Describing his initial efforts to raise money to build his first school, Mortenson said, "it wasn't adults, it wasn't celebrities, it was children who would raise 62,000 pennies," that gave him his start. Mortenson related several stories of specific children who have begun organizations that make a difference in the world.

Mortenson said he is often asked why he focuses on building schools primarily for girls. "There is an African proverb I learned as a child in Tanzania, 'If you educate a boy, you educate an individual. But if you educate a girl, you educate a community.' We have a goal to educate a girl to at least a fifth grade level to reduce infant mortality, reduce a population explosion, and improve the basic qualities of health and life itself." Just under half of the population in Pakistan and Afghanistan is under the age of 15.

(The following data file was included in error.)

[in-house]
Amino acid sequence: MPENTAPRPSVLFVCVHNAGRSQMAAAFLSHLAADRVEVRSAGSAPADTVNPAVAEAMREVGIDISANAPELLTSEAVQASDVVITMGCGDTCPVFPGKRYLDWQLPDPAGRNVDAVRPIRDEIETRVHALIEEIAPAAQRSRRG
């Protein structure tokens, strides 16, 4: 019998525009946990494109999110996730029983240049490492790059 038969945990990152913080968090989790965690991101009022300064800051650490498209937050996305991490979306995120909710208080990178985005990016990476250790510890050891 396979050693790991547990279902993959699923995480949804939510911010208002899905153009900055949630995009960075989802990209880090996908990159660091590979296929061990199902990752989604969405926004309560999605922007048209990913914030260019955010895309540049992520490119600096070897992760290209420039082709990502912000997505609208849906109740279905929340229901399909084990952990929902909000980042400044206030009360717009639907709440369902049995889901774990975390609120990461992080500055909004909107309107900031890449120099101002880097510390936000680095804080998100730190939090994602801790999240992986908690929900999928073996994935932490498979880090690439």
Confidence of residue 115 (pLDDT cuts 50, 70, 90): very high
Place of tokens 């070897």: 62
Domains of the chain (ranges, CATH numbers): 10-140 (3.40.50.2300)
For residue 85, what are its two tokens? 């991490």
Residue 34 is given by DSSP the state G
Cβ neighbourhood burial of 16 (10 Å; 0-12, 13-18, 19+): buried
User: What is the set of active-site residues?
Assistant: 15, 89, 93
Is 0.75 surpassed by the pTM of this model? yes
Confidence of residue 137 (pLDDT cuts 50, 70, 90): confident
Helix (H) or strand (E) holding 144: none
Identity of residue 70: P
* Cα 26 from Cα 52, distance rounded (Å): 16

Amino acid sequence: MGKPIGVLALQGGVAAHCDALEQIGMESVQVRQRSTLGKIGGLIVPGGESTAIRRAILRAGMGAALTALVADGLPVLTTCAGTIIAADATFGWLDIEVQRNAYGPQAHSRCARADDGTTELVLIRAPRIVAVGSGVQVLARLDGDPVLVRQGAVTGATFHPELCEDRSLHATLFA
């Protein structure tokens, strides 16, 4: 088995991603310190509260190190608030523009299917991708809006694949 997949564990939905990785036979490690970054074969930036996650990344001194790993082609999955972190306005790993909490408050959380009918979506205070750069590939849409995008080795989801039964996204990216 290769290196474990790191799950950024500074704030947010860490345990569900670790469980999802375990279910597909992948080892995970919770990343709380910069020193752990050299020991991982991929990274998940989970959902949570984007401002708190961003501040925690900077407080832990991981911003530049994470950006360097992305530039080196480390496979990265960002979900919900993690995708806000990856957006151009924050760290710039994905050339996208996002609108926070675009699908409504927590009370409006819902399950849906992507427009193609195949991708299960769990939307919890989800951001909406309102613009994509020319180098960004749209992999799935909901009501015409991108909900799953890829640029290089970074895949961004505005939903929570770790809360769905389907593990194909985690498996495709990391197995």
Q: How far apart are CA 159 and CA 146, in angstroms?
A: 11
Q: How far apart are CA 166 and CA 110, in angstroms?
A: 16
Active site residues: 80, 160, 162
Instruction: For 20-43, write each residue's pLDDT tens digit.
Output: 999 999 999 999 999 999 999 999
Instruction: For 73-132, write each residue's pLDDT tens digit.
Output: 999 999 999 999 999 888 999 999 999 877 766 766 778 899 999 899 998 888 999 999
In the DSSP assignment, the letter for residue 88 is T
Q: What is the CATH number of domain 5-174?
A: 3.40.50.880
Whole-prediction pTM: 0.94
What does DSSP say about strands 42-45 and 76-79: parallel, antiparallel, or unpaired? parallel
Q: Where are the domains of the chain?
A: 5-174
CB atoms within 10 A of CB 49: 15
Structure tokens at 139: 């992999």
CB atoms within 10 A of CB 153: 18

Mortenson says girls are more likely to teach their mothers to read. Mothers, also, are usually asked by their sons for their blessing to participate in a jihad, "and educated women do not give it."

According to UNICEF, thousands of schools have been destroyed or shut down by the Taliban or other groups in Afghanistan and an additional 850 schools in Pakistan. Only one Central Asia Institute school has been attacked by the Taliban, and that was two years ago in Afghanistan. The girls were back in school within two days.

Above: Greg Mortenson in Seattle December 15.

For more information on efforts to bring Mortenson to Olympia, contact Kaycee Keegan at mortenson.project@gmail.com.

For more information about Mortenson's Central Asia Institute, go to www.ikat.org.

For more information about Pennies for Peace, go to www.penniesforpeace.org.